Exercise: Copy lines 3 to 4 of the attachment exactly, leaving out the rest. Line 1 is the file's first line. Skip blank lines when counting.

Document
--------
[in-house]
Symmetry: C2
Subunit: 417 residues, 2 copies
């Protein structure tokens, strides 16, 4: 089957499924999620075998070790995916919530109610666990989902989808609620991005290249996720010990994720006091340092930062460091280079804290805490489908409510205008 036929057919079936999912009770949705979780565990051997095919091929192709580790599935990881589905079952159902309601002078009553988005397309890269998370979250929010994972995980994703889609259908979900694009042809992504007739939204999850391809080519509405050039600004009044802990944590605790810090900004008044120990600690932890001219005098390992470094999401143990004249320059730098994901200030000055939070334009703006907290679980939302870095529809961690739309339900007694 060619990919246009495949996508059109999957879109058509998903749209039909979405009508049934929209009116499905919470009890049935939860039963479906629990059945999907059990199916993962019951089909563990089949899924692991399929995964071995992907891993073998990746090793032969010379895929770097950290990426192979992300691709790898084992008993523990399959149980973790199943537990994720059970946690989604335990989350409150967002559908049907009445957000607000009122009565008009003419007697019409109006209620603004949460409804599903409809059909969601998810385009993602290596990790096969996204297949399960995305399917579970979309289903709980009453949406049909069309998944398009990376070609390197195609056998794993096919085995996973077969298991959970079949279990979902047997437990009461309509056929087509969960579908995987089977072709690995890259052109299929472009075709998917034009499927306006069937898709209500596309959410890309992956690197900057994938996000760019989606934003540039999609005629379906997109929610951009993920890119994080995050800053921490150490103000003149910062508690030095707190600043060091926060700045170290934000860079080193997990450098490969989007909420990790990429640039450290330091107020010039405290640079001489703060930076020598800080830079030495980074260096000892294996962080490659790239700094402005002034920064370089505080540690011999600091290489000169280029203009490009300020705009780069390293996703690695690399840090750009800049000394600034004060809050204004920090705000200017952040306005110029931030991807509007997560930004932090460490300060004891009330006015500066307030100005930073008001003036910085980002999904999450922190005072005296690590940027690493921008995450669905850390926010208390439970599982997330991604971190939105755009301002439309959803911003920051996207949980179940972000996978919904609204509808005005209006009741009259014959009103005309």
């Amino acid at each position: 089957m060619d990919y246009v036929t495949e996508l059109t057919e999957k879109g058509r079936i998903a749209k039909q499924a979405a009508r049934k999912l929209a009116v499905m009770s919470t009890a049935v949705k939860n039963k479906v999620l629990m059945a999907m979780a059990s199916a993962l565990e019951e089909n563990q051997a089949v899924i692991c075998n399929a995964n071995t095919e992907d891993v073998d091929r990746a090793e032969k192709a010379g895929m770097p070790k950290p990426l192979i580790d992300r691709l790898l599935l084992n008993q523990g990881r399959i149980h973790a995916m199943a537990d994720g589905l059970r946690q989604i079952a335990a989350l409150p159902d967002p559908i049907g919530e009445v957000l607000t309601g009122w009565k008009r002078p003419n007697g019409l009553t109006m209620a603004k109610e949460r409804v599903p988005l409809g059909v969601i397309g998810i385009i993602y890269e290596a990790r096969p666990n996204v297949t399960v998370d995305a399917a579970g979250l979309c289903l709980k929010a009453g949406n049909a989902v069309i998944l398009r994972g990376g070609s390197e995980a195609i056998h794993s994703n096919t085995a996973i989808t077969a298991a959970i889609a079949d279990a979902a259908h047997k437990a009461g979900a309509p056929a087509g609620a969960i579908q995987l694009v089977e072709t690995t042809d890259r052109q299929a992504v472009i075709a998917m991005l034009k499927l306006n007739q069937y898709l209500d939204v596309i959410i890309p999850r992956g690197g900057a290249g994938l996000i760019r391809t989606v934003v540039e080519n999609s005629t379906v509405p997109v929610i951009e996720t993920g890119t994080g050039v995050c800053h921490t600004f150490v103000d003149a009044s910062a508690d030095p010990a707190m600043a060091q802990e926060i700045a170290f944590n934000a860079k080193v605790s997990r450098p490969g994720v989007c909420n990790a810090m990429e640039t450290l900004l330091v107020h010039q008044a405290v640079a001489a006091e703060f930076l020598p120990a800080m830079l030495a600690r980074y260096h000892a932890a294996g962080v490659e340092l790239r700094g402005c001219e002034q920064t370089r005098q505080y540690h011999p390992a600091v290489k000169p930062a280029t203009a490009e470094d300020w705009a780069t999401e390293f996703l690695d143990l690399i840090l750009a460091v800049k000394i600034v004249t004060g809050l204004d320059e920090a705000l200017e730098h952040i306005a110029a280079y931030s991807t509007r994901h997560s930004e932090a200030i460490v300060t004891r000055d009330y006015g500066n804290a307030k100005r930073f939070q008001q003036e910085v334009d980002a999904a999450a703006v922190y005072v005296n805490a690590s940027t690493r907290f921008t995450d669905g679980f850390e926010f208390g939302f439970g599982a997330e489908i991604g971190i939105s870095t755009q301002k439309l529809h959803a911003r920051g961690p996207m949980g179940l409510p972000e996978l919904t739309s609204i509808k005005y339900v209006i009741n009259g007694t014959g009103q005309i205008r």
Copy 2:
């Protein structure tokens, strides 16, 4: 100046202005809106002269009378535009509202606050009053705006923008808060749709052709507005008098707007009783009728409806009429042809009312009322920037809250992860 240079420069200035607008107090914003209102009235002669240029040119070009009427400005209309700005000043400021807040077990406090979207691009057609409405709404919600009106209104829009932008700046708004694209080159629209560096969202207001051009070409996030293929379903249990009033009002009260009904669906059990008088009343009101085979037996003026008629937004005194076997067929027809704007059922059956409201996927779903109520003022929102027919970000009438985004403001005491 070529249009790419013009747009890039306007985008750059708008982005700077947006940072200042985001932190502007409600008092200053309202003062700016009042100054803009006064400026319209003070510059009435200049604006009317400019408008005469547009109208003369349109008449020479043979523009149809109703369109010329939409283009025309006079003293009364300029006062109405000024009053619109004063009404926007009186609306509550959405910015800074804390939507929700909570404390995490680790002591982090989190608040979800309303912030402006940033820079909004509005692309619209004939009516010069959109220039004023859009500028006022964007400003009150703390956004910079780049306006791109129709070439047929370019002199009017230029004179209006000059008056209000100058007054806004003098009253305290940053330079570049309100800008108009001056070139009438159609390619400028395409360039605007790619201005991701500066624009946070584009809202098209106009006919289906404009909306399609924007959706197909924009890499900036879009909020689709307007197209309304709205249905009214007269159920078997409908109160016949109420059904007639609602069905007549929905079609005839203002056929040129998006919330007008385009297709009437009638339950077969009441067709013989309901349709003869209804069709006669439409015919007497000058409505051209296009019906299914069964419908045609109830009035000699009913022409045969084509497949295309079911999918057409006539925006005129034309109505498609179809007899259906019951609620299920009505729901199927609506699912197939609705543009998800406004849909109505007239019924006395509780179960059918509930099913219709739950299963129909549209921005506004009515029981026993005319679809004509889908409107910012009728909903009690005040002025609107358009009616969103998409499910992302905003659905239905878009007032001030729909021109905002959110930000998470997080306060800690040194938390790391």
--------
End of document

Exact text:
Subunit: 417 residues, 2 copies
């Protein structure tokens, strides 16, 4: 089957499924999620075998070790995916919530109610666990989902989808609620991005290249996720010990994720006091340092930062460091280079804290805490489908409510205008 036929057919079936999912009770949705979780565990051997095919091929192709580790599935990881589905079952159902309601002078009553988005397309890269998370979250929010994972995980994703889609259908979900694009042809992504007739939204999850391809080519509405050039600004009044802990944590605790810090900004008044120990600690932890001219005098390992470094999401143990004249320059730098994901200030000055939070334009703006907290679980939302870095529809961690739309339900007694 060619990919246009495949996508059109999957879109058509998903749209039909979405009508049934929209009116499905919470009890049935939860039963479906629990059945999907059990199916993962019951089909563990089949899924692991399929995964071995992907891993073998990746090793032969010379895929770097950290990426192979992300691709790898084992008993523990399959149980973790199943537990994720059970946690989604335990989350409150967002559908049907009445957000607000009122009565008009003419007697019409109006209620603004949460409804599903409809059909969601998810385009993602290596990790096969996204297949399960995305399917579970979309289903709980009453949406049909069309998944398009990376070609390197195609056998794993096919085995996973077969298991959970079949279990979902047997437990009461309509056929087509969960579908995987089977072709690995890259052109299929472009075709998917034009499927306006069937898709209500596309959410890309992956690197900057994938996000760019989606934003540039999609005629379906997109929610951009993920890119994080995050800053921490150490103000003149910062508690030095707190600043060091926060700045170290934000860079080193997990450098490969989007909420990790990429640039450290330091107020010039405290640079001489703060930076020598800080830079030495980074260096000892294996962080490659790239700094402005002034920064370089505080540690011999600091290489000169280029203009490009300020705009780069390293996703690695690399840090750009800049000394600034004060809050204004920090705000200017952040306005110029931030991807509007997560930004932090460490300060004891009330006015500066307030100005930073008001003036910085980002999904999450922190005072005296690590940027690493921008995450669905850390926010208390439970599982997330991604971190939105755009301002439309959803911003920051996207949980179940972000996978919904609204509808005005209006009741009259014959009103005309």